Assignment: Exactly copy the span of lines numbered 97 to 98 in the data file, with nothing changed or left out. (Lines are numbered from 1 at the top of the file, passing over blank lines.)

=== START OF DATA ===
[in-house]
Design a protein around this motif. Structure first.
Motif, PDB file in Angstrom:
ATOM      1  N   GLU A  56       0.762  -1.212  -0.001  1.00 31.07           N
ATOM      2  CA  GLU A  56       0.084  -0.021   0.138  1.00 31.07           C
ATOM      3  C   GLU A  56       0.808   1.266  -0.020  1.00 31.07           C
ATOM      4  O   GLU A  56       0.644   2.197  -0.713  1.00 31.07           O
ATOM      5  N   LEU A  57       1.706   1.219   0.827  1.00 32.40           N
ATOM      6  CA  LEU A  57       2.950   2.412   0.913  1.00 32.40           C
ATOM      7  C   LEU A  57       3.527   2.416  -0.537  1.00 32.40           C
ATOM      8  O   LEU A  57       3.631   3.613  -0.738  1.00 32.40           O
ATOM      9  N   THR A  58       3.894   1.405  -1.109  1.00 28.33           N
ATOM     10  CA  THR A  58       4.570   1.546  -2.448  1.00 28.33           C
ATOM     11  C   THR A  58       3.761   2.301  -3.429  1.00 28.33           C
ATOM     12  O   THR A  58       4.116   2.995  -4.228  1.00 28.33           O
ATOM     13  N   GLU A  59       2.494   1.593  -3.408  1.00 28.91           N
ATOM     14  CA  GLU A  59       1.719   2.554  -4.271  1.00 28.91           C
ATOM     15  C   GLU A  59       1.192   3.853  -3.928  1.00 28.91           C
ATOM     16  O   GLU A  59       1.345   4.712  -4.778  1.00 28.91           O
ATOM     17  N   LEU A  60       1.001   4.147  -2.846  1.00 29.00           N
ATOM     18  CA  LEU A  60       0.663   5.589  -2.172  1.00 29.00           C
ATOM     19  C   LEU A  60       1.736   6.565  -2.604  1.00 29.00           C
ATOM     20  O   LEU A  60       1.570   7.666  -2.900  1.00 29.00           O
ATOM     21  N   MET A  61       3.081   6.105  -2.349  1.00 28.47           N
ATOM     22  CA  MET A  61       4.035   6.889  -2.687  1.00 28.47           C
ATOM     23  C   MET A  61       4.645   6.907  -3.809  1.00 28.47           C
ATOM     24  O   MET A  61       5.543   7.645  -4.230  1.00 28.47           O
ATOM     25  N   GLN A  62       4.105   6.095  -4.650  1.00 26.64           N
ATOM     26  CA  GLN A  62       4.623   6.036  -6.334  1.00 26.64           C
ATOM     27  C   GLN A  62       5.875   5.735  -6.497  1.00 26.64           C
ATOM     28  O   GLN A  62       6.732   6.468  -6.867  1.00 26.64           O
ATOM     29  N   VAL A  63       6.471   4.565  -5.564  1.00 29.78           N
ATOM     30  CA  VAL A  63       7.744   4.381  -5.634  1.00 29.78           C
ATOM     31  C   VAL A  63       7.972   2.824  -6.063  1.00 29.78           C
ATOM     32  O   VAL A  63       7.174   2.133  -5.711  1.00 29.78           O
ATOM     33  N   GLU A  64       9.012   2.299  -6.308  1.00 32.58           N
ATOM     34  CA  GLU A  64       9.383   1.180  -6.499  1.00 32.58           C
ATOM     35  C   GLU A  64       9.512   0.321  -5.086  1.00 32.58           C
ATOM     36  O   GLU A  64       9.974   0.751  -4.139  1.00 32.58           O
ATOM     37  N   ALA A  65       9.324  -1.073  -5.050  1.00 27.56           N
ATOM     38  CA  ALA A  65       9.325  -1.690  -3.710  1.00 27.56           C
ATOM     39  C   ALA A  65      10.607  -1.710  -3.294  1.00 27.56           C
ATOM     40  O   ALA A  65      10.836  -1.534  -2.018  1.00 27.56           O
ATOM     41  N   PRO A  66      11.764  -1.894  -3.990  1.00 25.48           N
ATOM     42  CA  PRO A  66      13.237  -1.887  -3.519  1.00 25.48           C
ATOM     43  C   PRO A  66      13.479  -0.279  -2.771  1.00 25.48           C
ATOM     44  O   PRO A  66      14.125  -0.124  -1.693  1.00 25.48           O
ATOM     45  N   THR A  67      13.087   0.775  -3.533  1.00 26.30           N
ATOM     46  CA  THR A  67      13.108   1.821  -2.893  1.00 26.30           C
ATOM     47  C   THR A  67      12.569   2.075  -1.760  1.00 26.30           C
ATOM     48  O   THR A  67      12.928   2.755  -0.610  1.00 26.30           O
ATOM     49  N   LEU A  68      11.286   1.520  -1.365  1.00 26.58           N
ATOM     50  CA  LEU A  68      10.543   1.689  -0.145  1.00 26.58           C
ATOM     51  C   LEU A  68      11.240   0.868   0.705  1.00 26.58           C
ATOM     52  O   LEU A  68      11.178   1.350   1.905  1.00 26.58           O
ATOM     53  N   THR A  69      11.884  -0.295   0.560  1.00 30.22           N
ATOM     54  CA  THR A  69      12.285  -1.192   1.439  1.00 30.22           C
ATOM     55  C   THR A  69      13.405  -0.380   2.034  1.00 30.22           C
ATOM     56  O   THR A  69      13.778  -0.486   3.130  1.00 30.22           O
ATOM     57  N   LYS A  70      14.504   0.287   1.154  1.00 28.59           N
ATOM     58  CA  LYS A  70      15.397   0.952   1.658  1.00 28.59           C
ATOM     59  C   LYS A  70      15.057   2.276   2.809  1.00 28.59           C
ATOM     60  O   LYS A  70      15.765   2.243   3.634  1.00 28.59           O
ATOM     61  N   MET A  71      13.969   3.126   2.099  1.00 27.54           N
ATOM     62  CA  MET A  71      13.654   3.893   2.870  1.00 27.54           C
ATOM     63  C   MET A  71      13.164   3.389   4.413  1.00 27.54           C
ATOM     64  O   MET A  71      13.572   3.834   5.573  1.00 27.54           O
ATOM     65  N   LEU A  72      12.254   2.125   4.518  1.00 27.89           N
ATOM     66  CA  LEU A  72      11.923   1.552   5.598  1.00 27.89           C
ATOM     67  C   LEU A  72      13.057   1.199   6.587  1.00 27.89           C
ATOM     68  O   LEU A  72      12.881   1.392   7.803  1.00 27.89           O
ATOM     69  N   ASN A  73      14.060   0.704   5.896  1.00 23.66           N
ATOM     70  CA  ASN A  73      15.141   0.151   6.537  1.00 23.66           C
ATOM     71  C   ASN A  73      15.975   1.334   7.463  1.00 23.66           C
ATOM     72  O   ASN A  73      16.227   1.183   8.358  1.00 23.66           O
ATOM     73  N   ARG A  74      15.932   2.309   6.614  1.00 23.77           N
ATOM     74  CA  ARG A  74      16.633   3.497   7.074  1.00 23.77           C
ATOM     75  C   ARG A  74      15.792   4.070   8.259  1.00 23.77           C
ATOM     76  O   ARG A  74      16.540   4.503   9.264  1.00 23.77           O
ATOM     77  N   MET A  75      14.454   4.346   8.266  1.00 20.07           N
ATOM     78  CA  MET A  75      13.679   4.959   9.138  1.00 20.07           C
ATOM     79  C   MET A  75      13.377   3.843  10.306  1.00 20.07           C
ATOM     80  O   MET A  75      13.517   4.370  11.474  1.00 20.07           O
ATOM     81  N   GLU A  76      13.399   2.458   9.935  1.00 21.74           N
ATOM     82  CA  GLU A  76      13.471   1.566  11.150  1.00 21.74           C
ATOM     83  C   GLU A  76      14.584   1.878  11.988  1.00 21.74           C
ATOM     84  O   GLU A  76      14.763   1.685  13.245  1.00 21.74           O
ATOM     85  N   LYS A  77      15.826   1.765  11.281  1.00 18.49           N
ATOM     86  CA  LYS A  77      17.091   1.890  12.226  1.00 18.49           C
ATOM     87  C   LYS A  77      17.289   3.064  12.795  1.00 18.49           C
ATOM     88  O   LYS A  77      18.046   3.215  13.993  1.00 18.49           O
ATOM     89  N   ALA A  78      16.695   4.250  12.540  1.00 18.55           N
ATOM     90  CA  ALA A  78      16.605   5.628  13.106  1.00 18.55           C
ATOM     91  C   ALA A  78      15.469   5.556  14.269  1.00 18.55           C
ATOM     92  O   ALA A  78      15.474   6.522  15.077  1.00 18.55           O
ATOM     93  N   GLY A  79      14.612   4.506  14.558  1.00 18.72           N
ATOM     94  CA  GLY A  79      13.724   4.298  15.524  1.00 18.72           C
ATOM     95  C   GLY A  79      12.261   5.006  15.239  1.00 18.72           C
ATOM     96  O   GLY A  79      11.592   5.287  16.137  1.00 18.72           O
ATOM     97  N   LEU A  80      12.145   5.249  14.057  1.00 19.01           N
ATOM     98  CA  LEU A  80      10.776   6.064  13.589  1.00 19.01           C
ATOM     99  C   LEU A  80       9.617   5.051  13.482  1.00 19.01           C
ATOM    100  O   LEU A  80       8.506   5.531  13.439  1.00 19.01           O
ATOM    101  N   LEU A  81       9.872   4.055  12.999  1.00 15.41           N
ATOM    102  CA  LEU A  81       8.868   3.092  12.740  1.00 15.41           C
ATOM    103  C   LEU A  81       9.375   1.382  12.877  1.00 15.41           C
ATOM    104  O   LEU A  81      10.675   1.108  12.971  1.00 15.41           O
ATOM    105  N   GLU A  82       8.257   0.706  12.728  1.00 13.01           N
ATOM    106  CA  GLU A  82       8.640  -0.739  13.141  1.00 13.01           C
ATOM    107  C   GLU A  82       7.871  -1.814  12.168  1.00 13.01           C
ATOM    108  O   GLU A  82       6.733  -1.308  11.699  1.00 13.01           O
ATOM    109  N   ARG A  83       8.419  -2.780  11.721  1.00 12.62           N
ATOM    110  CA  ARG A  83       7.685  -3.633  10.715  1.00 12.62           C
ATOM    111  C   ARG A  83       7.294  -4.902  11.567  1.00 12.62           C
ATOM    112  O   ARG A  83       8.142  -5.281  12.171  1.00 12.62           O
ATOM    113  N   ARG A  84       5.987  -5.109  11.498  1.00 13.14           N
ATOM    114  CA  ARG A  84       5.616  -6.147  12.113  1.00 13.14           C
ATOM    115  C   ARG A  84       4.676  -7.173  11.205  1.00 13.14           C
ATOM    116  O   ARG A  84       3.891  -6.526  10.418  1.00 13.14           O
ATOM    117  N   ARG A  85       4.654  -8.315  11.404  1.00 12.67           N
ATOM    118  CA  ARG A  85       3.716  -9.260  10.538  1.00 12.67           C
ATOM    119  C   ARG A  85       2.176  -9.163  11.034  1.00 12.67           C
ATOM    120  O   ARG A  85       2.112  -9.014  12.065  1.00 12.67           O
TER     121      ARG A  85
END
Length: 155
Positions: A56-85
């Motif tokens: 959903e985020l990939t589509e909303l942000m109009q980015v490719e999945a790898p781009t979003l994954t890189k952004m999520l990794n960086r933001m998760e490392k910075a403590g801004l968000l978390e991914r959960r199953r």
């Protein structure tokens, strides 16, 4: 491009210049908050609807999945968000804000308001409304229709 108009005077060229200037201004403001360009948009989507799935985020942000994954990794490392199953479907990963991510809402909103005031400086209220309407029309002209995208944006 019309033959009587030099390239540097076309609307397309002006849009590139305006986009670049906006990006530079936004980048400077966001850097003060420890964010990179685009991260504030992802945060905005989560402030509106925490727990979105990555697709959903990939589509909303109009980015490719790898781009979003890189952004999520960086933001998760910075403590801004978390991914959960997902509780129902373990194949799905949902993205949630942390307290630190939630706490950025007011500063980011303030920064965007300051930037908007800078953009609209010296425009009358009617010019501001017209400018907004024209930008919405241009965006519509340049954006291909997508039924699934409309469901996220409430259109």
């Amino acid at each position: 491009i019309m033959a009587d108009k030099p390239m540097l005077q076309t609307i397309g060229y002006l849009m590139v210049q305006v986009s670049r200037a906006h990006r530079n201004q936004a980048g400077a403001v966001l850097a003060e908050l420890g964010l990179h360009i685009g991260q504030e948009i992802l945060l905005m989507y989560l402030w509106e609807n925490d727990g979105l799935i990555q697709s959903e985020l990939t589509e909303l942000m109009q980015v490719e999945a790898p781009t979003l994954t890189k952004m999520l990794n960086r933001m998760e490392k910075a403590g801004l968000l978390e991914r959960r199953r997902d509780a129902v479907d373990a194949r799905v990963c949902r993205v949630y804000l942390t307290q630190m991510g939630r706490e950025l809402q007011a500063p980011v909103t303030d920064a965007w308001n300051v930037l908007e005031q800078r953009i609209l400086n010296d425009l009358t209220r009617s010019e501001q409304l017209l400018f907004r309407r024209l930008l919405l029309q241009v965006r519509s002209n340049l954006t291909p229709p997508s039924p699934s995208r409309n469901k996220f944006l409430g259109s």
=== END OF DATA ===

ATOM     94  CA  GLY A  79      13.724   4.298  15.524  1.00 18.72           C
ATOM     95  C   GLY A  79      12.261   5.006  15.239  1.00 18.72           C